In the Thick of ItA blog on the U.S.-Russia relationship
Can Russia Help the US on North Korea, or ‘The Problem With Deterrence? You Only Know When It Fails’
In their efforts to resolve the North Korean nuclear standoff U.S. policymakers should leverage Moscow’s long history of relatively close ties with Pyongyang and give more consideration to the role Russia could play as a mediator: This was the consensus among an international panel of scholars, including two Russians and three Americans, at a talk hosted last month by the Foreign Policy Research Institute and the Wilson Center in Washington, D.C. The event coincided with FPRI’s publication of a report, “Nuclear Weapons and Russian-North Korean Relations,” featuring the scholars’ work and claiming to be the most in-depth recent examination of the Kremlin’s relationship with its reclusive Far East neighbor.
The conference proved timely, coming just one day after North Korea launched its new Hwasong-15 intercontinental ballistic missile, which some analysts say could threaten the U.S. mainland. All the panelists emphasized the importance of negotiations with the North Korean regime, as the alternative could very well be nuclear war, which would be devastating for all involved. While Pyongyang and Washington may not want an active conflict on the Korean peninsula, the countries face a “binary choice” between war and negotiations, according to Georgy Toloraya, a professor at Moscow State Institute of International Relations.
While Russia has its own interests surrounding North Korea, including stability, denuclearization and limited Western influence on the peninsula—the first two coincide with U.S. interests, while the last does not. Still, Moscow has enough common interests with all the relevant parties to authoritatively communicate with them, according to the panelists. Moreover, Russia has deep historic and diplomatic connections to North Korea. “Since the late 19th century, Russia has been a major stakeholder in Korean affairs,” according to Artyom Lukin, a professor of international relations at the Far Eastern Federal University in Vladivostok. The speakers also pointed out that the Democratic People's Republic of Korea (DPRK), as it is officially known, was practically built by the Soviet Union. This shared history has created trust between the two countries, the panelists noted, and Russia can be seen as an “honest broker” between sides with wildly divergent interests—serving a role similar to the one it had during negotiations over Iran’s nuclear program.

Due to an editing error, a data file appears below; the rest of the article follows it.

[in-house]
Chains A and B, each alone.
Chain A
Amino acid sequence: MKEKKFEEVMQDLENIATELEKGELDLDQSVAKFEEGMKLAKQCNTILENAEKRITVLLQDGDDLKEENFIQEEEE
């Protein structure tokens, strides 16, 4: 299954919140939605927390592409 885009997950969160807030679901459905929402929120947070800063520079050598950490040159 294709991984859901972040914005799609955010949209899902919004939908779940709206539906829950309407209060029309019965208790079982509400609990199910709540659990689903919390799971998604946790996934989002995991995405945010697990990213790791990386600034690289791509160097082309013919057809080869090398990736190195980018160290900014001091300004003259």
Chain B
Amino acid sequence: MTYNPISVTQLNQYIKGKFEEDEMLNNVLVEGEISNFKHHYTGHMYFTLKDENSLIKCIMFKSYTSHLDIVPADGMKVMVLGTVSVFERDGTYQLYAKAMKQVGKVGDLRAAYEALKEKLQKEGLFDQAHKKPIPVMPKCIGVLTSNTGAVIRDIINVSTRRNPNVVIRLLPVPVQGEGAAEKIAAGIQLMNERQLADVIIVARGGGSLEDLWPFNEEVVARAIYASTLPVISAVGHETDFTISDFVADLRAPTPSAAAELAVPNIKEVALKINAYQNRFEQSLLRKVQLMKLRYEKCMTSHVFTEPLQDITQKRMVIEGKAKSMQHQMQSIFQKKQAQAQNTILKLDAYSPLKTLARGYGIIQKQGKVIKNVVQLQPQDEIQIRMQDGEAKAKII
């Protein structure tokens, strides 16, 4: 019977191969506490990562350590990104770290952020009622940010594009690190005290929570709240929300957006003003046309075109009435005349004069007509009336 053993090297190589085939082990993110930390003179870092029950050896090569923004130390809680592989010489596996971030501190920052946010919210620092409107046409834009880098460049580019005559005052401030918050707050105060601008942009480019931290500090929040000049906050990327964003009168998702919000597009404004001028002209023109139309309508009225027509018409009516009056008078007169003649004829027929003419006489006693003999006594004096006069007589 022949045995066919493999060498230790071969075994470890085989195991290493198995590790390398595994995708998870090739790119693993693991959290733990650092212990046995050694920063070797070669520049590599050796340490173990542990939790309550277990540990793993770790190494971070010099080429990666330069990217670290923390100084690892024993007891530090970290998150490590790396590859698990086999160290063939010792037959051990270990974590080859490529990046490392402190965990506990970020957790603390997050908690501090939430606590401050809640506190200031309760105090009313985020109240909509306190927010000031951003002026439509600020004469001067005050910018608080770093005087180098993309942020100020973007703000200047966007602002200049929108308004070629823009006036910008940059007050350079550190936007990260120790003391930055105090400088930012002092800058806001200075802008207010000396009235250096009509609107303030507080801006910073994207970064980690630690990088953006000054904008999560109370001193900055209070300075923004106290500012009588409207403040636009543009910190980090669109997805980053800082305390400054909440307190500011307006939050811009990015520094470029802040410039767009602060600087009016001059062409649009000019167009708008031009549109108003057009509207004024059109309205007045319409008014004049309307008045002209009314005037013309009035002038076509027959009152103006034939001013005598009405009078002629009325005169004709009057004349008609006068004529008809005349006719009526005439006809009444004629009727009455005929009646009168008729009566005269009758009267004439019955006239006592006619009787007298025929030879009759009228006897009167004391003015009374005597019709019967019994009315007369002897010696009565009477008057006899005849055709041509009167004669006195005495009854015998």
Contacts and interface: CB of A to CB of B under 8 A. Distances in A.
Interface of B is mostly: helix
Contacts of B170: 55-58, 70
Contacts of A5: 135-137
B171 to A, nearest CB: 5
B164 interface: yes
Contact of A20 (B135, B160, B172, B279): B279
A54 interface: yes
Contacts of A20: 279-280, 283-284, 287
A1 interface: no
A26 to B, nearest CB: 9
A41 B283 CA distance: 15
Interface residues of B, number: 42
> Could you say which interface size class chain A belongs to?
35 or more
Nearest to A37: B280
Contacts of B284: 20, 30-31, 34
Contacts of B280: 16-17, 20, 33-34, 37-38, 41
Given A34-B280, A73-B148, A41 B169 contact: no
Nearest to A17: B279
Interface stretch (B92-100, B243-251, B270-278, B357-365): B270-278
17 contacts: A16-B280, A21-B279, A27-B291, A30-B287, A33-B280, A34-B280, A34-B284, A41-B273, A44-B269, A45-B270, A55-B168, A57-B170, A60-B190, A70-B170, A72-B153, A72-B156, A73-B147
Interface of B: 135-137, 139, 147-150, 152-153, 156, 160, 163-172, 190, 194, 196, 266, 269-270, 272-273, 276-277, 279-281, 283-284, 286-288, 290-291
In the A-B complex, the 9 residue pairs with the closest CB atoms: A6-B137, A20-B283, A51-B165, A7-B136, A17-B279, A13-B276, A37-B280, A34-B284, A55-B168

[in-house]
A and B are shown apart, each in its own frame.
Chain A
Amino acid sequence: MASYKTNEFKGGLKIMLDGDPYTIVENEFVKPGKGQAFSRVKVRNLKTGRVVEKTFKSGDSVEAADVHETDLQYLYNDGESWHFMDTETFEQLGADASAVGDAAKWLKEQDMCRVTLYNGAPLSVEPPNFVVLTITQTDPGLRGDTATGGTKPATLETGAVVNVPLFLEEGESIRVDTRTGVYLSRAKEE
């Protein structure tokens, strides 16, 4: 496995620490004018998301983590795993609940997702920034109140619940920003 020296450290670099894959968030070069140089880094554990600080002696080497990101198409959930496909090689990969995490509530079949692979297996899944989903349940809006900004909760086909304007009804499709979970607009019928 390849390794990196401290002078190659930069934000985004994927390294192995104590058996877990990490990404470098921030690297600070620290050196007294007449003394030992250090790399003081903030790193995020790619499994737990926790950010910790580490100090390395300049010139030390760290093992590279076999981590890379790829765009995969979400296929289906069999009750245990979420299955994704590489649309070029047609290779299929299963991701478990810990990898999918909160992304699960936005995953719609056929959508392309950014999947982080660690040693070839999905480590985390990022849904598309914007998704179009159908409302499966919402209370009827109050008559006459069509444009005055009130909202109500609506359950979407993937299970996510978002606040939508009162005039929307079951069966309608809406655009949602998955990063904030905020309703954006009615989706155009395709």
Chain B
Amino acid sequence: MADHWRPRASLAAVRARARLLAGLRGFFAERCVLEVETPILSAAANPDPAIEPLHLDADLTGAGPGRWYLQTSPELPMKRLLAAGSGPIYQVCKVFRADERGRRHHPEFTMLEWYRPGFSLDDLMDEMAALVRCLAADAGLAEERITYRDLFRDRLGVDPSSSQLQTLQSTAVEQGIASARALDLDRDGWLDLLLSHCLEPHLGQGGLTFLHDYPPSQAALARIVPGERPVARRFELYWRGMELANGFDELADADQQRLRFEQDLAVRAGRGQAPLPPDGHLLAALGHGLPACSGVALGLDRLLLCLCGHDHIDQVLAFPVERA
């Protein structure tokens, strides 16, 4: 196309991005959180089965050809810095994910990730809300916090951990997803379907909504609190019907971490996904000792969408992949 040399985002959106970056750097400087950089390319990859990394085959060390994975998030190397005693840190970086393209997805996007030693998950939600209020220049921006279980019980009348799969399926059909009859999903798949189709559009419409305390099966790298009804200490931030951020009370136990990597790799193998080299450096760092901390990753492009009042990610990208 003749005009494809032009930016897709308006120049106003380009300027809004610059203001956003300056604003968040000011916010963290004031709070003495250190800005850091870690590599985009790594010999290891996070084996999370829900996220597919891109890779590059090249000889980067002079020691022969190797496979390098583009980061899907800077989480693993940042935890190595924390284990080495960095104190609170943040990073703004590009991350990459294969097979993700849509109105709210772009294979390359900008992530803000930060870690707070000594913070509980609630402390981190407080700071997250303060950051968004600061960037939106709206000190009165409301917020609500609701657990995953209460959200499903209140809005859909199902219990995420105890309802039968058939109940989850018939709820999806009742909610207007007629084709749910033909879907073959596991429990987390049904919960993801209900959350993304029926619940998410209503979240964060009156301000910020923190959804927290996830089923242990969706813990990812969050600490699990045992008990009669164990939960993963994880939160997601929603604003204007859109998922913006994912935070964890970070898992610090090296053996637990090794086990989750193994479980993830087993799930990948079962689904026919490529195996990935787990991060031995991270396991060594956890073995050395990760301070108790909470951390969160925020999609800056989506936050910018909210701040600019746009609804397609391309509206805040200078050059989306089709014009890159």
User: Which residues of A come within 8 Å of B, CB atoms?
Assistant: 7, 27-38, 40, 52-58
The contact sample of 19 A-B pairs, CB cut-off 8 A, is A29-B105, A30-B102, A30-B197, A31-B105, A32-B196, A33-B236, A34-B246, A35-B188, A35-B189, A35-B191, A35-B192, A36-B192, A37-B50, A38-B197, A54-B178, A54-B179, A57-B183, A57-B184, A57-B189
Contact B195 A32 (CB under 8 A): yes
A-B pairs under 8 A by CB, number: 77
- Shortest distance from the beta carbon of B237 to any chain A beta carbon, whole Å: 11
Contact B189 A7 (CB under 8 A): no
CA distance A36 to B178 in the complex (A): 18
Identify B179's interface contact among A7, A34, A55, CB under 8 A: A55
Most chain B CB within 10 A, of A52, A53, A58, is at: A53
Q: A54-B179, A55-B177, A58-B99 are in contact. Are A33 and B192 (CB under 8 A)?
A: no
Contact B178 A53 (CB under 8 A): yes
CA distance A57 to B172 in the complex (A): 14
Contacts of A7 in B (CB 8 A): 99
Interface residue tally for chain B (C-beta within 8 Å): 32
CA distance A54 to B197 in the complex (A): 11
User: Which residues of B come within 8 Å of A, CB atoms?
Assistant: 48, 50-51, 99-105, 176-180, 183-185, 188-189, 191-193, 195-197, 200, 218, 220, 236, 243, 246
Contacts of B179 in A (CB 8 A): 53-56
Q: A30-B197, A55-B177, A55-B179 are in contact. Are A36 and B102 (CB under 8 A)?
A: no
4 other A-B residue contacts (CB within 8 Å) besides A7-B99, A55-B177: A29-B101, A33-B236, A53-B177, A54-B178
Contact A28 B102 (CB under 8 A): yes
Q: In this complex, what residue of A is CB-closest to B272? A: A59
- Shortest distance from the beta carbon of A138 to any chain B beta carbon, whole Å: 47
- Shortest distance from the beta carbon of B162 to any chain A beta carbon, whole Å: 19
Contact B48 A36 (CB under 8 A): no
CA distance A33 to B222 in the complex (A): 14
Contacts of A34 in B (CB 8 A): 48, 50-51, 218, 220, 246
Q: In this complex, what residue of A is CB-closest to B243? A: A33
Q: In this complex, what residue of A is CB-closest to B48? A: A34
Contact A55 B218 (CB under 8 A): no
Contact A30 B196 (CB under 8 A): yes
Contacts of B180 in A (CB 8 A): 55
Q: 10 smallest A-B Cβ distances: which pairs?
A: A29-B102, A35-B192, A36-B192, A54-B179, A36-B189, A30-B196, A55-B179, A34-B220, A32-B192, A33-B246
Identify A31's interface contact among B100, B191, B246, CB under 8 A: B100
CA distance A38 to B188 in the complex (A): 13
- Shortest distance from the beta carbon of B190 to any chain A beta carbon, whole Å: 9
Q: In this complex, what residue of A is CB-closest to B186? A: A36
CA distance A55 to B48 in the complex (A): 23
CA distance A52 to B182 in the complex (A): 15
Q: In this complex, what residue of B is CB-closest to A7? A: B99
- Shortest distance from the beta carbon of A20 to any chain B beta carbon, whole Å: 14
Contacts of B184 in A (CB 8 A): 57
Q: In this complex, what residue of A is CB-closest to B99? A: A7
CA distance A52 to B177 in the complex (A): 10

While China today has the strongest economic ties of any country with North Korea, policymakers in the U.S. need to look beyond their “obsession” with Beijing as the only other relevant stakeholder in negotiations in the view of Rensselaer W. Lee III, a senior fellow at FPRI. China is often perceived as too supportive of the North Korean regime, and the DPRK is skeptical of Western promises. As many of the speakers said, Kim Jong-un is primarily interested in regime survival, and he has greater faith in Russia than in the U.S. to ensure that.
Tolaraya, who had just returned from North Korea, strongly criticized the current U.S. strategy to contain the conflict, saying, “You cannot expect North Korea to stop its course just because of sanctions.” He said that the sanctions continue to affect ordinary North Koreans, but that elites always find ways around them. Tolaraya also described the rhetoric from the Trump administration as unhelpful, and he urged U.S. leaders to examine North Korea’s interests in creating a nuclear program and to devise effective negotiation strategies that will address the concerns of all parties.
Somewhat surprisingly the speakers disagreed on one key issue: North Korea’s nuclear capabilities. William Severe, a former physicist who held positions at the International Atomic Energy Agency and the State Department, claimed that many experts are overreacting about the North Korean nuclear threat, which he insisted was minimal. Sue Mi Terry, a senior advisor for North Korea at the Bower Group Asia consultancy and a former U.S. intelligence officer, strongly disagreed, arguing that the U.S. has “consistently underestimated” advances in North Korean nuclear technology.
The panelists agreed that U.S. cooperation with Russia would be difficult, given the growing tensions in the bilateral relationship and President Donald Trump’s aversion to multilateral negotiations. While some of them expressed hope that Russia’s involvement could offer avenues for U.S.-Russia cooperation in a relationship increasingly devoid of them, it is clear that, as special counsel Robert Mueller’s investigation intensifies, Trump will likely face more domestic pressure to distance himself from Russia. Any attempts to bring Moscow into the negotiation process with North Korea would be met with considerable skepticism by the U.S. foreign policy establishment. Many panelists also noted that the Trump administration has shown a clear preference for bilateral negotiations, excluding third parties from the table. But the urgency of the problem was apparent to the entire panel. A stalemate may prevail for the time being between the U.S. and North Korea, with both sides deterred from attacking. But, as Chris Miller of the Fletcher School of Law and Diplomacy pointed out, the problem with measuring the effectiveness of deterrence, from a political science perspective, is that “you only know when it fails.”
The opinions expressed in this blog post are solely those of the author.